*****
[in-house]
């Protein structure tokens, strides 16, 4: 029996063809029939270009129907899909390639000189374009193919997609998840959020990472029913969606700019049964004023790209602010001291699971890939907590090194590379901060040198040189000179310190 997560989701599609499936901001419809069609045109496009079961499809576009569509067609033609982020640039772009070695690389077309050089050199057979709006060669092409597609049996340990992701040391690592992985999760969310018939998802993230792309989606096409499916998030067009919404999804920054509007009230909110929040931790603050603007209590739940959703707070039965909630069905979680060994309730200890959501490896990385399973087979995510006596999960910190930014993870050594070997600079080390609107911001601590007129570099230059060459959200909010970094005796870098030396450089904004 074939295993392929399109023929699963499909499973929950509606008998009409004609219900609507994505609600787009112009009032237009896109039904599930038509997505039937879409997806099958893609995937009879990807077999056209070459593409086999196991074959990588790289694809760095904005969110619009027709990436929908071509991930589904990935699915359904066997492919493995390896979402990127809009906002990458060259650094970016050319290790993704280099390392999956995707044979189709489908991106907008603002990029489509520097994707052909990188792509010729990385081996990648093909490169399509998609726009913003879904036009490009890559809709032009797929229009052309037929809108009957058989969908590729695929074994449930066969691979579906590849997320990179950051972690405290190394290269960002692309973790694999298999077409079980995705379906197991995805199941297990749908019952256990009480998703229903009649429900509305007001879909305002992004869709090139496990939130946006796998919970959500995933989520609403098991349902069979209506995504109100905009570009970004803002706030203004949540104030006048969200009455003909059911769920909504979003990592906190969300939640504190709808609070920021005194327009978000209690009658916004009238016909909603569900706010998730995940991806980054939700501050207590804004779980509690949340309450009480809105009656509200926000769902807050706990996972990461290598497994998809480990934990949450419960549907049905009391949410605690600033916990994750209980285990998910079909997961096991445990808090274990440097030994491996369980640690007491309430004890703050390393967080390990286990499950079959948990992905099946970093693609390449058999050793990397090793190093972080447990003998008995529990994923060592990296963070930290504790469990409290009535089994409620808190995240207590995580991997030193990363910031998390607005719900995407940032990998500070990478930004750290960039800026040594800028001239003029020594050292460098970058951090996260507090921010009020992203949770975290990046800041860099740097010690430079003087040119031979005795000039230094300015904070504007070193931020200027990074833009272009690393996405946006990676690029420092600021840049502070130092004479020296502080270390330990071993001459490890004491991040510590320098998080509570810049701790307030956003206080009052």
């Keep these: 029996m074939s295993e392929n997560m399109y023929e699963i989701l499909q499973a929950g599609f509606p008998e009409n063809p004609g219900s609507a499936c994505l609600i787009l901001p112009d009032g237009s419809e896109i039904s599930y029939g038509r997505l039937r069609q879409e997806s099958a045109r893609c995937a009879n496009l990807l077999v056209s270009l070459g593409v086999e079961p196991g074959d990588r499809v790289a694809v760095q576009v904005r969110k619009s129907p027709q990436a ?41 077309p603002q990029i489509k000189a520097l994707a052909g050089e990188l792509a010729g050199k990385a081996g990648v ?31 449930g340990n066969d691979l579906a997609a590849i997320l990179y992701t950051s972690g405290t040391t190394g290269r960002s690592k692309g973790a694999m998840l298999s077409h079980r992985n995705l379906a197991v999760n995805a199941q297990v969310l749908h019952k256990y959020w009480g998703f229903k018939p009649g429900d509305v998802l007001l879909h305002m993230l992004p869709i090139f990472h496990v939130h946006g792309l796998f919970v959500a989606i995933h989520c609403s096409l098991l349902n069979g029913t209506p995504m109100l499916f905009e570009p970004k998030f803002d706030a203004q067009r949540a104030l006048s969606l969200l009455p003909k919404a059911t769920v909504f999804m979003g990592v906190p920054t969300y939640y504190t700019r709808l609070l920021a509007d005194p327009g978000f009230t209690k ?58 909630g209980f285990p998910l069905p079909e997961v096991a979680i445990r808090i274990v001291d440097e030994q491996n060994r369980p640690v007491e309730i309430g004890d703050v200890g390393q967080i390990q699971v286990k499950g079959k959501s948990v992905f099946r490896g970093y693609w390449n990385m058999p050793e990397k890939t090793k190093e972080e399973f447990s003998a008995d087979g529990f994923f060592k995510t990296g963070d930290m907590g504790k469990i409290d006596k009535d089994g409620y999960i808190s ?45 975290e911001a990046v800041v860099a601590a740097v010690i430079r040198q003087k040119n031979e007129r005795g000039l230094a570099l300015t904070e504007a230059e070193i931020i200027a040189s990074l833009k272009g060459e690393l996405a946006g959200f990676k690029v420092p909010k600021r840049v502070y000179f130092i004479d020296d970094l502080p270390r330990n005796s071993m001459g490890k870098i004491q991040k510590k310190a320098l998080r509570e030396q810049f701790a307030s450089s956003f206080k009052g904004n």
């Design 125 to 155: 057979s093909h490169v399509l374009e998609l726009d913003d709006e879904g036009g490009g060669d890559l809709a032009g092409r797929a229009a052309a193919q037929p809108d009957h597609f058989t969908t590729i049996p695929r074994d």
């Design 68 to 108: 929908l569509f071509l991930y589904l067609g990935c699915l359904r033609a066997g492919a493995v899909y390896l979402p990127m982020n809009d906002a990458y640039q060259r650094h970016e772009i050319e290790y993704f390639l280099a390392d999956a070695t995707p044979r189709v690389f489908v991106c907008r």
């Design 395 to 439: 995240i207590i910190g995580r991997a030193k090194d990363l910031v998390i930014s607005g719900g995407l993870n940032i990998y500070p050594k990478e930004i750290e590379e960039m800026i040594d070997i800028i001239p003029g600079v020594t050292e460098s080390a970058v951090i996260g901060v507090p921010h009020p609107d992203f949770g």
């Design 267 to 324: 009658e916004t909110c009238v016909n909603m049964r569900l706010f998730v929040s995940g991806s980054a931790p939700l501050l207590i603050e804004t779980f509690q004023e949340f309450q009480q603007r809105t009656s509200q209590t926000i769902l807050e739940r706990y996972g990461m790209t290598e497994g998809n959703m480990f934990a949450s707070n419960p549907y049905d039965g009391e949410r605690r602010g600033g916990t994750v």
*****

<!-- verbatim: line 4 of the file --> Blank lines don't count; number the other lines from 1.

């Design 125 to 155: 057979s093909h490169v399509l374009e998609l726009d913003d709006e879904g036009g490009g060669d890559l809709a032009g092409r797929a229009a052309a193919q037929p809108d009957h597609f058989t969908t590729i049996p695929r074994d």